It's that time of year when players decide to jump off the rollercoaster of AFLW. From a fan's perspective, this season seems to hurt more with much loved players and trailblazers hanging up the boots.
ESPN looks at some of the retiring class of 2023 and the legacy they've left on the game.
The biggest name is Erin Phillips, who played 66 games at the top level. Her resume just about speaks for itself: She's a three-time premiership player for Adelaide where she won the best on ground medal in 2017 and 2019. Phillips is a two-time recipient of the AFLW best and fairest award, and was also selected in the All-Australian team on three occasions.
Phillips helped set the tone and build the foundations of both South Australian teams, being named the inaugural captain of Port Adelaide and one of the inaugural co-captains at the Crows. Not to mention she did it all during her 30s, which is around the time in an athlete's career when people start to write them off.
To put it simply, Phillips is a once in a generation player and we may never see anything like her again. While the competition was just starting, the now 38-year-old was setting the field alight and bringing fans into the game.
Not only that but she was one of the first cross-code athletes in the AFLW, after a successful basketball career with the Australian Opals and the Dallas Wings in the WNBA. Now we're seeing athletes from all sports either make the switch to AFLW or juggle both.
Coming into the competition, Phillips wanted to live out the dream of playing the sport she grew up with. Now, eight seasons later, she leaves the competition inspiring the next generation of women to take up Aussie rules, no matter the age.
Richelle 'Rocky' Cranston was quite the journeywoman, playing for three clubs across her 60-game career with stints at Melbourne, Geelong and, most recently, the Western Bulldogs. She'll be remembered as a fierce competitor who was a scary prospect for opposition sides but above all else, would do just about anything for her team.
After being delisted from the Cats at the end of the 2021 season, when the announcement came that she'd be joining the Bulldogs, you couldn't quite forget the joy amongst AFLW fans out west of Melbourne. After five seasons of coming up against Cranston, she'd finally return to the club she played for in the exhibition series and don the red, white and blue.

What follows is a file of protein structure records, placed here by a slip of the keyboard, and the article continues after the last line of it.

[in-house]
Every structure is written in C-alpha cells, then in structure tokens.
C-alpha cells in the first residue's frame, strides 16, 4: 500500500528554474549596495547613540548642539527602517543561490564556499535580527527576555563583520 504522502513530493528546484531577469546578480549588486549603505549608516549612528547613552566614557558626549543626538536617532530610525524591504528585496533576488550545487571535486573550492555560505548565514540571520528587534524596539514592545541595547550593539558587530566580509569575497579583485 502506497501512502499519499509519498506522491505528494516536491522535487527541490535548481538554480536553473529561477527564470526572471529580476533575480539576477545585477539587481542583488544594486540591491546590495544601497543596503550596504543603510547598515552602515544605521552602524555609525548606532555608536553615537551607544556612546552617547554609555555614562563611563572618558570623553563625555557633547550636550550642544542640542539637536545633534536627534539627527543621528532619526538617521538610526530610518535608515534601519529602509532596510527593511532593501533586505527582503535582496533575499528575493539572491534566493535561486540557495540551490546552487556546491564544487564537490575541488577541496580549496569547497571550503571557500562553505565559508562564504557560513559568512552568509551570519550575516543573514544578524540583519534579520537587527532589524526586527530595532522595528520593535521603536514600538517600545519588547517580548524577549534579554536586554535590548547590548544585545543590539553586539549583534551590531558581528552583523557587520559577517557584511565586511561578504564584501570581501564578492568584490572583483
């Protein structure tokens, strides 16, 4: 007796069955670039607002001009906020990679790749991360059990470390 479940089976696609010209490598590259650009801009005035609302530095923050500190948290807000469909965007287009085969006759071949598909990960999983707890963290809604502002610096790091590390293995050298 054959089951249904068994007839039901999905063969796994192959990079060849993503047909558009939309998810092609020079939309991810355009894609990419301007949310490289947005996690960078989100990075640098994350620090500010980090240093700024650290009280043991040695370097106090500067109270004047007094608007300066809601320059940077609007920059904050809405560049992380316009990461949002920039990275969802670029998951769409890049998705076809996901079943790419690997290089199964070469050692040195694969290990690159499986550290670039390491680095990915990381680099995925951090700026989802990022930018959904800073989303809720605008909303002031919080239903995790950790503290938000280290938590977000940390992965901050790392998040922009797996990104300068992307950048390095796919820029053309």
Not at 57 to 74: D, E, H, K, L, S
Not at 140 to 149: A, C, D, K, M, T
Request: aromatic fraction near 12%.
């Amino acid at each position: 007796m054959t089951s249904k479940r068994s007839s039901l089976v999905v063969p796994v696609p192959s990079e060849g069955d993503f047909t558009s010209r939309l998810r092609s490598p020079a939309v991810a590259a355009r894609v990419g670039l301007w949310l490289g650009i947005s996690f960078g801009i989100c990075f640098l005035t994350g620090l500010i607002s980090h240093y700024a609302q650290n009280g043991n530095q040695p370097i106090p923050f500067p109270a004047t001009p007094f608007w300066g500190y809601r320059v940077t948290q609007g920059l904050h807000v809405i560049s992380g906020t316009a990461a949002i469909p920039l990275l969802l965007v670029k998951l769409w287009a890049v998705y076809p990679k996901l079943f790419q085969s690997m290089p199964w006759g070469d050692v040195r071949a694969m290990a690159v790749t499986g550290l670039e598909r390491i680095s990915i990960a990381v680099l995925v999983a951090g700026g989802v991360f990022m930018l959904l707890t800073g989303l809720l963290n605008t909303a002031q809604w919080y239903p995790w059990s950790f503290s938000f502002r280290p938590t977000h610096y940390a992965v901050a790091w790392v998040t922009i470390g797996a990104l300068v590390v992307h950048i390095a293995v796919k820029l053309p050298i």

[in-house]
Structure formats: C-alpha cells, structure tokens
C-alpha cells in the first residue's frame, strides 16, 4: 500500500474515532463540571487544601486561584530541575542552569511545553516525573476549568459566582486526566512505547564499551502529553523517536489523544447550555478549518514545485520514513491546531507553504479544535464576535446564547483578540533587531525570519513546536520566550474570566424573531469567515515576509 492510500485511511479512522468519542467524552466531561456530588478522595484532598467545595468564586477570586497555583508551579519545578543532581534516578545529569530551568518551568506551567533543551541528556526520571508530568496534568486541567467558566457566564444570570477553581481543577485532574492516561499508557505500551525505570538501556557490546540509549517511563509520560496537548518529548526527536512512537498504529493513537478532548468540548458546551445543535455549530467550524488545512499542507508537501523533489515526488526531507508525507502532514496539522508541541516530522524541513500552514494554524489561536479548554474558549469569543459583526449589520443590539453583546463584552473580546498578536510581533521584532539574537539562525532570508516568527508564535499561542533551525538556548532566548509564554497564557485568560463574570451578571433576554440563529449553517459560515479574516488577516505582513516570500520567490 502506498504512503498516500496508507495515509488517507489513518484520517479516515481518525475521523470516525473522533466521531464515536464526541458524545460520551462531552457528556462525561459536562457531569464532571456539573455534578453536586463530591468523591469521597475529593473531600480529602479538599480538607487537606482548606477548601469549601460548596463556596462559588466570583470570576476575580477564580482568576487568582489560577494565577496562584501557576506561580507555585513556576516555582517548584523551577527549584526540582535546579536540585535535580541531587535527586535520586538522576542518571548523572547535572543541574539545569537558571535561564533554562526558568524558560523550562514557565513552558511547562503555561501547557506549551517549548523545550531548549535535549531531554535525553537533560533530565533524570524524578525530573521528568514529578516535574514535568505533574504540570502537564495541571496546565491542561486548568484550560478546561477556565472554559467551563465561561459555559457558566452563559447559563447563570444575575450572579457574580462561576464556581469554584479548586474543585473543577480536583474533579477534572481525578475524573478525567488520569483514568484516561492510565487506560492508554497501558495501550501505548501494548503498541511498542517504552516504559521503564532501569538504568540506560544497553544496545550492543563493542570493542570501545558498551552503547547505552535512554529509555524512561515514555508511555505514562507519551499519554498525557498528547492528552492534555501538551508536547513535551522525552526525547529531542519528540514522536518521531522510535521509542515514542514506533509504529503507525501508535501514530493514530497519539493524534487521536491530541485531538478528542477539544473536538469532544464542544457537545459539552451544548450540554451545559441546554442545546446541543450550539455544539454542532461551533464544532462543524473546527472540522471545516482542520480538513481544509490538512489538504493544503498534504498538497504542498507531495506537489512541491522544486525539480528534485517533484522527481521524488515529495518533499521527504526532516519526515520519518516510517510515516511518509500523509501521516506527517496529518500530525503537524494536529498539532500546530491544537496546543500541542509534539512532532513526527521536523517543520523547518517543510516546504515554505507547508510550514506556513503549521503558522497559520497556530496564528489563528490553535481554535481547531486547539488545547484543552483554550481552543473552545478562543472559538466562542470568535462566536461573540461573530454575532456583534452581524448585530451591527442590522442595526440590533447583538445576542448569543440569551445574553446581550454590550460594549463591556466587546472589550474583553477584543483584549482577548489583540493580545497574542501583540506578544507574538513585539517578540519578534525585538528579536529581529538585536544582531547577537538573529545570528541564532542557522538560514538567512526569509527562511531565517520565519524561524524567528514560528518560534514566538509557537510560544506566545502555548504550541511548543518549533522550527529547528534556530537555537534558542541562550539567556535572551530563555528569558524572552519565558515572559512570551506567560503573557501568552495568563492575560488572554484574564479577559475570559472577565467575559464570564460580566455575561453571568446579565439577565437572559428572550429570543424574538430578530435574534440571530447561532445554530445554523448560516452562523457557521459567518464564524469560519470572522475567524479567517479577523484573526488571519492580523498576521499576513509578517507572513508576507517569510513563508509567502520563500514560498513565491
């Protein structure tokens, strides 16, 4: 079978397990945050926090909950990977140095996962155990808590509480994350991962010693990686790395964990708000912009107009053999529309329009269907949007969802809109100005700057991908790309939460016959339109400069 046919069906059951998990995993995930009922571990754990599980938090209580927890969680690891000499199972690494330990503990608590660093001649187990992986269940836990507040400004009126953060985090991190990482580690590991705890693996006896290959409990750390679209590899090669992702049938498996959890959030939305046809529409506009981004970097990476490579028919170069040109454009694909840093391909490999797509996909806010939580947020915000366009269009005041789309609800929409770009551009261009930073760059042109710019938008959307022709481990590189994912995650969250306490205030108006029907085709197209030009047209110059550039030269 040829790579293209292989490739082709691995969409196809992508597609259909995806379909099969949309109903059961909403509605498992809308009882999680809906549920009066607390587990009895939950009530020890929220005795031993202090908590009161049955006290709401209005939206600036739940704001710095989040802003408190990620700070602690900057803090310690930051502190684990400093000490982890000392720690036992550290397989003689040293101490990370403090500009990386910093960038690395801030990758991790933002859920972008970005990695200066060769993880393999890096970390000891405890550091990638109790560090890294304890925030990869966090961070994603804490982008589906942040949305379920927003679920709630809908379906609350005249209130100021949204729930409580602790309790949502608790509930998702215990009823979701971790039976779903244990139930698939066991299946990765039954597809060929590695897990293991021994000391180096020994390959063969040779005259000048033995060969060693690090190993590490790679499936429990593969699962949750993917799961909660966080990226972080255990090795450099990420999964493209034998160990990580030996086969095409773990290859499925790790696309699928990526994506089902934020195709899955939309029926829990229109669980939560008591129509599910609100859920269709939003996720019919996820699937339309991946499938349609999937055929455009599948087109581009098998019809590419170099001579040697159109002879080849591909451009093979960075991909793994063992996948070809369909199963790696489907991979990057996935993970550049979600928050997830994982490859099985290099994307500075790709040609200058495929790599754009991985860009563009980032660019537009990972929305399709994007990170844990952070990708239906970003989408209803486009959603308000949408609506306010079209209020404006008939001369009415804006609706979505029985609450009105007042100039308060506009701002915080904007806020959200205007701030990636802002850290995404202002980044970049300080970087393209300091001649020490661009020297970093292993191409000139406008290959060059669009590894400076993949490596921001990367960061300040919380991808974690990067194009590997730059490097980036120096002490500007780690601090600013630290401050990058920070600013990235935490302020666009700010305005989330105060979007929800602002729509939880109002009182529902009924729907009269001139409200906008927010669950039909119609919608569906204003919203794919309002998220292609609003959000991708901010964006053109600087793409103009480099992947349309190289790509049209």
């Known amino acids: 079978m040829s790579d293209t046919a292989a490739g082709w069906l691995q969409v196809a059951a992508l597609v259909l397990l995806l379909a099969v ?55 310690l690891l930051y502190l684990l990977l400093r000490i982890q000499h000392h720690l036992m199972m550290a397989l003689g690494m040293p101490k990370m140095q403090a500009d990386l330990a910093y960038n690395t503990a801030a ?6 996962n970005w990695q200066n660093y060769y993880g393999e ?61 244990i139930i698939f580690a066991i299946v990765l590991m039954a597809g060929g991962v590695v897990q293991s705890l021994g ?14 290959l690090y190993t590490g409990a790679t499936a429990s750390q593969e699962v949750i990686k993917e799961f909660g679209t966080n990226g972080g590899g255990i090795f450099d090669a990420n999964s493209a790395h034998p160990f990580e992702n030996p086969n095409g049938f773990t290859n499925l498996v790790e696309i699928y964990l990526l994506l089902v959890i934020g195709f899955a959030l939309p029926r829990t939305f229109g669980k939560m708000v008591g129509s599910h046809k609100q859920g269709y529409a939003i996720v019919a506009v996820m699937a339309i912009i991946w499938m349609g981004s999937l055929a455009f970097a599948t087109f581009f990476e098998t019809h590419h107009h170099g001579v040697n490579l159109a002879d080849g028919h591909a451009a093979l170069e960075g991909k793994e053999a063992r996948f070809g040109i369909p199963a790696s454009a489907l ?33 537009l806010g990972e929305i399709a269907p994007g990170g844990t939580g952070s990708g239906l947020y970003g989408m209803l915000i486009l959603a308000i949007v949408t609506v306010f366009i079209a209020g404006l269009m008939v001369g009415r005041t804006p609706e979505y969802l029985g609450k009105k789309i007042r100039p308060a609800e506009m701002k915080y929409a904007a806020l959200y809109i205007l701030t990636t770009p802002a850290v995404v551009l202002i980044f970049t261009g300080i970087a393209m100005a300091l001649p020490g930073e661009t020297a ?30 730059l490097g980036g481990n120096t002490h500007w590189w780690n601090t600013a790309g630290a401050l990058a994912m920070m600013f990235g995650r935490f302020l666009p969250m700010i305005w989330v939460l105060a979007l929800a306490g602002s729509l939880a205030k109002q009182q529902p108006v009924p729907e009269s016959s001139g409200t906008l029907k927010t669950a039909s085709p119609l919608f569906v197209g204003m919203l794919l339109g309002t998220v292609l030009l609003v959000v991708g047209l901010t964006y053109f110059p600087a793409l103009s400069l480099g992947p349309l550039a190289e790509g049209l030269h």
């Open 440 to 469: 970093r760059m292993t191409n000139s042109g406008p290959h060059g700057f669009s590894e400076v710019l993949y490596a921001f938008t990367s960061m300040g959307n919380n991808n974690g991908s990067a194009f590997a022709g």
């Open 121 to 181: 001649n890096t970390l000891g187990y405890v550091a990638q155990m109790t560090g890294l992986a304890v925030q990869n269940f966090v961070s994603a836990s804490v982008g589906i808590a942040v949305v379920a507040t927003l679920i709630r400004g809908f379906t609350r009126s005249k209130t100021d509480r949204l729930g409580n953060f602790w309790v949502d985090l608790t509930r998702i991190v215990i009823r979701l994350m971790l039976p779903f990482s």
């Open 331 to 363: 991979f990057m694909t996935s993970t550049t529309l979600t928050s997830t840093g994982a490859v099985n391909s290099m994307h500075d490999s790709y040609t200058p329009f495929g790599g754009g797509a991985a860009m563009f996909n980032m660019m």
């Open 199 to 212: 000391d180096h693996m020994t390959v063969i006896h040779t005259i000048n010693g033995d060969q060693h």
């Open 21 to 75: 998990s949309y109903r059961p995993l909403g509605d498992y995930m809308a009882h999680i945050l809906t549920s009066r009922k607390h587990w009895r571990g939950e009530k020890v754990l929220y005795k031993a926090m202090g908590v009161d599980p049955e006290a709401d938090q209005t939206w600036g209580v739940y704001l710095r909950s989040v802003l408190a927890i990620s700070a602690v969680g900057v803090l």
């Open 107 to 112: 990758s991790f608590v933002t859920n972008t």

Cranston kicked 31 goals at the top level, but her resilience in her final season will be something that will leave an impact on the competition as a whole. The 34-year-old is currently battling a kidney disease which meant being able to play was a challenge in itself.
Speaking post-match after the Bulldogs' loss to North Melbourne in Round 10, head coach Nathan Burke said Cranston leaves behind a special legacy.
"I don't think I've ever seen a player, men's or women's, go through the adversity that she went through, and the uncertainty that she went through this year, to get out and play," Burke said.
"Her legacy as a footballer will live on, her legacy as a player who wrung every single ounce out of herself, is better than anyone I've ever seen."
Jess Wuetschner was one of those players that you just loved to watch, except when she'd be lining up against your team. A foundation Lion and Bomber, Wuetschner always brought that spark and creativity up forward for Brisbane and late on with Essendon.
Wuetschner was a key part of the Lions' success in their early years, becoming the club's leading goal kicker in 2018 and 2019 and being named All-Australian in the former.
The 31-year-old was there for the Grand Final heartbreak of 2017 and 2018 before achieving the ultimate success in 2021, when the Lions defeated the Crows for their maiden premiership.
Unlike the previous two players mentioned, Wuetschner still has at least one game to go if she's selected. With Essendon making the finals series for the first time, there's one more premiership medallion that could be added the cabinet before officially calling it a day.
Fellow retiree Akec Makur Chuot is known for her infectious personality. On the field, Makur Chout played for Fremantle, Richmond and Hawthorn across 40 games and became the first South Sudanese player in the AFLW. Off the field, she's inspiring the next generation of African AFLW players coaching the Women's West team in the NextGen Unite Cup.
After making the switch from the Tigers to the Hawks ahead of Season 7, Makur Chout was a rock in defence for her new expansion side, quickly becoming an integral part of the Hawthorn structure while continuing to be a much-loved member of the AFLW community.
Those four names aren't the only ones to say farewell in Season 8, with the likes of Phoebe McWilliams and Tegan Cunningham also calling time on their career. As the season draws to a close, the legacies left by these retiring stars will continue to inspire and shape the league in the years to come.